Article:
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Not a New Deal - a Green Deal

 

By Lisa Jacobson
The Hill

January 20, 2009 - President-elect Obama will take office today amid the worst economic crisis this nation has faced since the Great Depression. As unemployment rises and businesses struggle, the next administration must propose bold solutions suited to our times — not a New Deal, but a Green Deal.

 

A Green Deal would revive the economy by directing massive new investment into cleaner, more efficient and reliable energy infrastructure. It would call for the rapid and aggressive deployment of renewable energy, energy efficiency investments, a smarter energy grid and effective use of clean fossil fuels, such as natural gas.

In the short run, such investments would generate large numbers of high quality jobs in the clean energy sector, bolstering business suppliers, boosting consumer spending and lifting consumer confidence.

 
Long term, a Green Deal would help our nation meet growing demands for energy, reduce energy costs, and address the challenge of global warming by reducing greenhouse gas emissions. According to a recent report by McKinsey & Co., the nation could reduce greenhouse gas emissions in 2030 by 20 percent to 30 percent below current levels using largely tested approaches and technologies.

President-elect Obama is already thinking along these exact lines. He has pledged to help generate 5 million new green jobs, calling them “jobs that pay well and can’t be outsourced; jobs building solar panels and wind turbines and fuel-efficient cars; jobs that will help us end our dependence on oil from Middle East dictators.”

Research conducted by the Apollo Alliance in conjunction with the non-partisan Perryman Group confirms Obama’s belief that large but feasible investments in renewable energy and energy efficiency would add several million jobs over the next decade.

Their analysis found that investments of $50 billion in renewable energy technologies could result in nearly 1 million new jobs; $76 billion invested in manufacturing of energy efficient durable goods would create over 900,000 new jobs; $90 billion directed to building energy efficiency would yield over 800,000 jobs; and $100 billion invested in public transit and transportation infrastructure would create over 650,000 new jobs.

Another study, released in September by the non-partisan Center for American Progress, concluded that 2 million jobs could be created from $100 billion in combined federal tax credits, direct spending and loan guarantees to support six “cleantech” sectors: buildings’ retrofits to increase energy efficiency, expanded mass transit and freight rail, construction of “smart” electrical grid systems, wind power, solar power and advanced biofuels.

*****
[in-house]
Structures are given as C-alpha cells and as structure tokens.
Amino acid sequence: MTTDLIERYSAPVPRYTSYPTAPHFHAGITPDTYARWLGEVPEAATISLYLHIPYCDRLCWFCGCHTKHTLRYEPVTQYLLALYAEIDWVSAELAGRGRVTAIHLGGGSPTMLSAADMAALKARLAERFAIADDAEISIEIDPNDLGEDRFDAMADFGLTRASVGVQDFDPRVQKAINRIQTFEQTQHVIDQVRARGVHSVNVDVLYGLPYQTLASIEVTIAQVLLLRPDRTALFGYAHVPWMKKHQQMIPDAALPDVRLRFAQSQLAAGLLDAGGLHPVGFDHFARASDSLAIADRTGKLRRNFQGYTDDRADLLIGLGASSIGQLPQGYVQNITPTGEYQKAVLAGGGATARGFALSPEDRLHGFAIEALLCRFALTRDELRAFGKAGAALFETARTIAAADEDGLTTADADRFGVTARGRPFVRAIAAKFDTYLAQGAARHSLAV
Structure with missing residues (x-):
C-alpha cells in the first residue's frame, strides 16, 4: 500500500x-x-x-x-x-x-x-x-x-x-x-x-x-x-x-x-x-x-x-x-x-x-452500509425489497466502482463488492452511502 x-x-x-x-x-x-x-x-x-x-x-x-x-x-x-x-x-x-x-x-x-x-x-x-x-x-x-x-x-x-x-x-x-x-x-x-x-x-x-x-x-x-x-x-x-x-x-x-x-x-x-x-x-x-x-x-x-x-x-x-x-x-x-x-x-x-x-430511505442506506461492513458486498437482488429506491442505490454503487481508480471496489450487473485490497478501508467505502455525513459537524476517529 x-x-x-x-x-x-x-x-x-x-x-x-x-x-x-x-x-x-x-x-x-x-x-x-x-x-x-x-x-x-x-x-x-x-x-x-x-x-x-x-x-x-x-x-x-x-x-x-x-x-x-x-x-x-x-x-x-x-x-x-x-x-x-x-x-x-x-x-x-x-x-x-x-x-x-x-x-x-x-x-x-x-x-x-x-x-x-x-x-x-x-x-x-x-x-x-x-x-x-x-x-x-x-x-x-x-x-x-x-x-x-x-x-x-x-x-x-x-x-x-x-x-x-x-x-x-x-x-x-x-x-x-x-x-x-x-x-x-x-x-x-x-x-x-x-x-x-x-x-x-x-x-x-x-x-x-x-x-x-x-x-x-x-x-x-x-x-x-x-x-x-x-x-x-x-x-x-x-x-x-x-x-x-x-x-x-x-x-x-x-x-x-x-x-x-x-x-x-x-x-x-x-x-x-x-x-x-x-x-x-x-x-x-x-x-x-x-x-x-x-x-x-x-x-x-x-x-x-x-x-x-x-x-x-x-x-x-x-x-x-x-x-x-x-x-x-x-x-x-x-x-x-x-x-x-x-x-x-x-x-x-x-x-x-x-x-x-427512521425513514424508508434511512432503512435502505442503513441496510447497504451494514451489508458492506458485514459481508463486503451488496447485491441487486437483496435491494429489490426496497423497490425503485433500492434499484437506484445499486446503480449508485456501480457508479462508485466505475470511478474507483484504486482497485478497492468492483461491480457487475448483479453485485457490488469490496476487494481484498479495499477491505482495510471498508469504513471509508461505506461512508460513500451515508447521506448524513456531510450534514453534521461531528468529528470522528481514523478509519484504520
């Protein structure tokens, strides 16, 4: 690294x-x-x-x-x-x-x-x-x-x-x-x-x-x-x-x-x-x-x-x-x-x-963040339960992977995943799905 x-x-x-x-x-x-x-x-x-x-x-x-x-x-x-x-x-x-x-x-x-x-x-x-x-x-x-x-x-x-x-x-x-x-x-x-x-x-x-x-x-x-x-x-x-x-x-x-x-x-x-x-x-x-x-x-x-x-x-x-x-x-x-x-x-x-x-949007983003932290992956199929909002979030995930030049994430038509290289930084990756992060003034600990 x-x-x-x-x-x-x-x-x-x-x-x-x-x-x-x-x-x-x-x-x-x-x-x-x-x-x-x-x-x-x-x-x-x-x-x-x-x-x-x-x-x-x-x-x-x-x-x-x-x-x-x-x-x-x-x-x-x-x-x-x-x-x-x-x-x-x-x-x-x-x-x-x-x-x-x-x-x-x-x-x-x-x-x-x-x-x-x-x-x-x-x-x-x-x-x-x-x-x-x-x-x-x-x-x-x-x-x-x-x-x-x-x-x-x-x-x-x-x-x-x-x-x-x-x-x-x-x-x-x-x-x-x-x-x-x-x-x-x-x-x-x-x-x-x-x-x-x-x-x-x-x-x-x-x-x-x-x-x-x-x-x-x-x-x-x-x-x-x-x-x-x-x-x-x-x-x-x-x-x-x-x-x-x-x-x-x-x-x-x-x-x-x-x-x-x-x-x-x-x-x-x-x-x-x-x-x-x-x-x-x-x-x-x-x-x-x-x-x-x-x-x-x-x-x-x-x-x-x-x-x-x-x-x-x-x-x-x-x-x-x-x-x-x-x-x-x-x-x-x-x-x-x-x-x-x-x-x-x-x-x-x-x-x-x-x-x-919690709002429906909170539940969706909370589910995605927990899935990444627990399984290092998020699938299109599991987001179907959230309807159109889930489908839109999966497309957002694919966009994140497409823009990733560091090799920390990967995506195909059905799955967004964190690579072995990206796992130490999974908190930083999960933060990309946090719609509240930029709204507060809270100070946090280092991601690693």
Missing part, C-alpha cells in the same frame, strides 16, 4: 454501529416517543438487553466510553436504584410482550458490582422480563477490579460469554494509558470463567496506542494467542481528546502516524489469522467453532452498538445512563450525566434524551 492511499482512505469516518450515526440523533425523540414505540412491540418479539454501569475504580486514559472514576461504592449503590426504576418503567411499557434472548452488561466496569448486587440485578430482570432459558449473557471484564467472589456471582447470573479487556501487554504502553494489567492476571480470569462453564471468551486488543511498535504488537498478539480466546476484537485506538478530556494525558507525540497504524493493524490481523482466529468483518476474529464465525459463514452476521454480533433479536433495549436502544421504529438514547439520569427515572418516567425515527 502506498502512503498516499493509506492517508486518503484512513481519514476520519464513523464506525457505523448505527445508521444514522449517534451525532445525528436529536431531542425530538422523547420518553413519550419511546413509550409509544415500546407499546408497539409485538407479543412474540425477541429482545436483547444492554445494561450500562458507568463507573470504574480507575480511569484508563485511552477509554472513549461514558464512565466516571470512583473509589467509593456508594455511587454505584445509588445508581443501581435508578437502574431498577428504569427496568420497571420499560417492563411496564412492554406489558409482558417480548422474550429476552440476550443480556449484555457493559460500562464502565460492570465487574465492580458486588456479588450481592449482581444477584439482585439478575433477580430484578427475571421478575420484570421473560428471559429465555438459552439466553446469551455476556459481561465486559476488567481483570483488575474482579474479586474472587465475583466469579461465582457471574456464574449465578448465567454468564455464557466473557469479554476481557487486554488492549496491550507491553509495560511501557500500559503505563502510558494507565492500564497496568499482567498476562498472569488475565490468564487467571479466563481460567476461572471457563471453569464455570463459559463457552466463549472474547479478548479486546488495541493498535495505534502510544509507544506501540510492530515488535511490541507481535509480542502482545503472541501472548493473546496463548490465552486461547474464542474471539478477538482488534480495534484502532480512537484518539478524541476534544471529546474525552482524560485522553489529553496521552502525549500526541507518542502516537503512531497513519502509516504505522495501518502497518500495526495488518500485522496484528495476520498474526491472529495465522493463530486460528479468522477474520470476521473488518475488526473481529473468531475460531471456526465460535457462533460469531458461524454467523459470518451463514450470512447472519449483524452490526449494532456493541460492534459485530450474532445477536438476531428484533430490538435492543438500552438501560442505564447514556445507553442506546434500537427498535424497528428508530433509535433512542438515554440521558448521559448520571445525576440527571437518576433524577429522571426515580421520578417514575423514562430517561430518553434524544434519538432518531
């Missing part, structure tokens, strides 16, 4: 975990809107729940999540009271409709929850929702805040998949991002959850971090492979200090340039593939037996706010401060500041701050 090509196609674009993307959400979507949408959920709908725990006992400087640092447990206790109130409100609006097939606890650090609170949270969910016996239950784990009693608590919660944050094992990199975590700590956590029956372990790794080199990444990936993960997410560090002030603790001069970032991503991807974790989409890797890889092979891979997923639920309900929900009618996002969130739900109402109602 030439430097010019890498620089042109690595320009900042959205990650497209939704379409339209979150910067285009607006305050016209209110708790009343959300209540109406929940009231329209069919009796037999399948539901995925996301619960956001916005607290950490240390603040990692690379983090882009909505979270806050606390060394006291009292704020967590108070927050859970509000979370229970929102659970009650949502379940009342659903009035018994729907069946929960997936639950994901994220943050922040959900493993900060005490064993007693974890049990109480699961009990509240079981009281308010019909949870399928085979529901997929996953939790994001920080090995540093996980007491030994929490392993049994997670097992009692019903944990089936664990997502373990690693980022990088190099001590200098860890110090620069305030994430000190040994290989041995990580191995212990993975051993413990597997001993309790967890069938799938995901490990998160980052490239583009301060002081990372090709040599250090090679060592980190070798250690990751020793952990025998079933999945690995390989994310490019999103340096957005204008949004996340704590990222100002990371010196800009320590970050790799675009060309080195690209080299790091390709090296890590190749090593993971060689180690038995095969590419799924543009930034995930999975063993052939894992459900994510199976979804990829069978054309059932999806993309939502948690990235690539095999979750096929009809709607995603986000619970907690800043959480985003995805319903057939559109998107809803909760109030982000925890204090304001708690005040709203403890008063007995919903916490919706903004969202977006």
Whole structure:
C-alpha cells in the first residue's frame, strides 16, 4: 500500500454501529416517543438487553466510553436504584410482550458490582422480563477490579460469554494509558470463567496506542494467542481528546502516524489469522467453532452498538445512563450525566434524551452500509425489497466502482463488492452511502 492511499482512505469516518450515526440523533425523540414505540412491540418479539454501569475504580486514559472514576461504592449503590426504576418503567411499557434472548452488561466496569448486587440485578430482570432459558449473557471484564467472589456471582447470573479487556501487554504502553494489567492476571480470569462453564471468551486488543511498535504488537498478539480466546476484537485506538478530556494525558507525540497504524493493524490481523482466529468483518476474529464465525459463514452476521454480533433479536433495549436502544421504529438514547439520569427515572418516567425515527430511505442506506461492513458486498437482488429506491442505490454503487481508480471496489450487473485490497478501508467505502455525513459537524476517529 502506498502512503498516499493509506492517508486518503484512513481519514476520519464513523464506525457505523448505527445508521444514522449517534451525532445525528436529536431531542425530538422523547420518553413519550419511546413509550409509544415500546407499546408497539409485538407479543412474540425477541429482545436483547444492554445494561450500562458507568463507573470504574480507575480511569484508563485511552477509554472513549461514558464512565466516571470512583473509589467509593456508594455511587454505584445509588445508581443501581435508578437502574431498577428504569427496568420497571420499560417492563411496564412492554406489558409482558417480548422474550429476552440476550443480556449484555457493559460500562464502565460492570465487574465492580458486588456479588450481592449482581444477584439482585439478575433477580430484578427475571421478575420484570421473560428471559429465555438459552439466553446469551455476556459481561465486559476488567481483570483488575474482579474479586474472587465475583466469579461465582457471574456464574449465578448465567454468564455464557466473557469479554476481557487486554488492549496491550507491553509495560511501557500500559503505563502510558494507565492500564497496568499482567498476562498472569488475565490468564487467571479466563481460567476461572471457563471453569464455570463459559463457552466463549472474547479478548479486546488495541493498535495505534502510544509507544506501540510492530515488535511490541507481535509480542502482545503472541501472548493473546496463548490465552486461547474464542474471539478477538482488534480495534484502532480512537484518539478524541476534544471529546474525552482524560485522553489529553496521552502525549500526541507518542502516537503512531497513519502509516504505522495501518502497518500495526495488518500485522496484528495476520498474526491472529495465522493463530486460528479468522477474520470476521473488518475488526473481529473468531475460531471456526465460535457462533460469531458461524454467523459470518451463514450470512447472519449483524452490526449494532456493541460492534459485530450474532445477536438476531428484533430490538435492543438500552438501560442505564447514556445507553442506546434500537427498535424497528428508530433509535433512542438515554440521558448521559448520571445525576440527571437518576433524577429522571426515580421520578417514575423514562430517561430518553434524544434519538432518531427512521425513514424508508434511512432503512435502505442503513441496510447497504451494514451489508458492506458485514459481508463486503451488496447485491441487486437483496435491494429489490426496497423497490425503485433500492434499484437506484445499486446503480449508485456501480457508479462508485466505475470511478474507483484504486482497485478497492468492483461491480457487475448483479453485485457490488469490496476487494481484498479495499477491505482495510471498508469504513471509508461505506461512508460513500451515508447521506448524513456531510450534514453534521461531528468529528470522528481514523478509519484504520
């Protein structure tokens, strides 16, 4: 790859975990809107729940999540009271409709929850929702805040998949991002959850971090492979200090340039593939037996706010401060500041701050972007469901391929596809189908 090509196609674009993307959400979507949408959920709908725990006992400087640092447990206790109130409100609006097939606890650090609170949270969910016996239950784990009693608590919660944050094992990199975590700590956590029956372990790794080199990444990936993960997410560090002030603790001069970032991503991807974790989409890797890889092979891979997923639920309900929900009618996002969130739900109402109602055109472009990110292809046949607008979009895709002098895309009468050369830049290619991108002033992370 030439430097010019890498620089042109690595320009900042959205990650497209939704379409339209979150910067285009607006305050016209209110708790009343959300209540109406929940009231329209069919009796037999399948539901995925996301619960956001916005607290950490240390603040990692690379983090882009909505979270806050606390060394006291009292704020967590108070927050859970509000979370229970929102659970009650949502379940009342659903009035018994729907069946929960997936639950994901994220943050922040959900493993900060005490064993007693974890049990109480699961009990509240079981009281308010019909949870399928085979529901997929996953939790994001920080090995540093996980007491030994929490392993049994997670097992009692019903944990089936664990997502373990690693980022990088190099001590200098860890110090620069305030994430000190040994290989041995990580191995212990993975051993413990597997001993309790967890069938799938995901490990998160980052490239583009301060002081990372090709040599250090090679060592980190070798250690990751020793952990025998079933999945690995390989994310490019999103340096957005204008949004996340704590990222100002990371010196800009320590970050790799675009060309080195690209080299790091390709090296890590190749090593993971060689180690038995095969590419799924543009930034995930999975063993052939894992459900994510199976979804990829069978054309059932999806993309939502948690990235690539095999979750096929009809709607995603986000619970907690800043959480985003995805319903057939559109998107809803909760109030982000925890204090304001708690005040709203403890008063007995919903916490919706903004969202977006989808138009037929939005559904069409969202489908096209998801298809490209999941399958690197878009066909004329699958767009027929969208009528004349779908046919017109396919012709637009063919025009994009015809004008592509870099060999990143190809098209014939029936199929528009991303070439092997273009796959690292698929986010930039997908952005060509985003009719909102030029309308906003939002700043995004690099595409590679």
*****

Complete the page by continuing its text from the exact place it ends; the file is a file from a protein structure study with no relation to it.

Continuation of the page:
A Green Deal should include expanded support for programs that help struggling energy customers reduce fuel costs by improving the efficiency of their homes or vehicles. Energy companies and retailers could be encouraged to provide rebates to consumers for the purchase of energy efficient appliances and equipment, stimulating new sales while promoting more prudent use of energy.

Other examples of green stimulus initiatives include funding and incentives for:

  • Building and business owners to invest in energy efficiency, renewable energy and efficient distributed generation systems.
  • Manufacturing facilities to re-tool using clean energy products and components.
  • States to invest in clean energy infrastructure and efficient transportation.
  • Investment in an improved, expanded and “smart” electricity transmission system.
  • Greater use of low emission vehicles, more efficient temperature control equipment and auxiliary power technologies to reduce idling in the transportation sector.
  • Workforce training and education relating to clean energy industries.
  • Improvements to the renewable energy tax incentives so they are able drive new renewable energy generation, given current economic conditions.

 

In ordinary times, such a dramatic program to shift national priorities in favor of cleaner energy and a sustainable environment would face legitimate complaints about budget constraints and unwelcome deficits. But economists of almost every persuasion agree that now is the time to get the economy moving.

As noted by the Center for American Progress, better-insulated schools can spend more of their resources over time on teachers, books, and other learning materials. Hospitals in time could spend more on serving the needs of their patients. And companies could invest more over on innovation, raising productivity.

Let’s turn this economic crisis into an opportunity to make sustainable investments in a healthier, energy-independent and more competitive society through a Green Deal.

Jacobson is the executive director of the Business Council for Sustainable Energy, a coalition of clean-energy business and trade associations representing the energy efficiency, renewable energy and natural gas industries in the United States.

Please click here to download a full copy of the op-ed.

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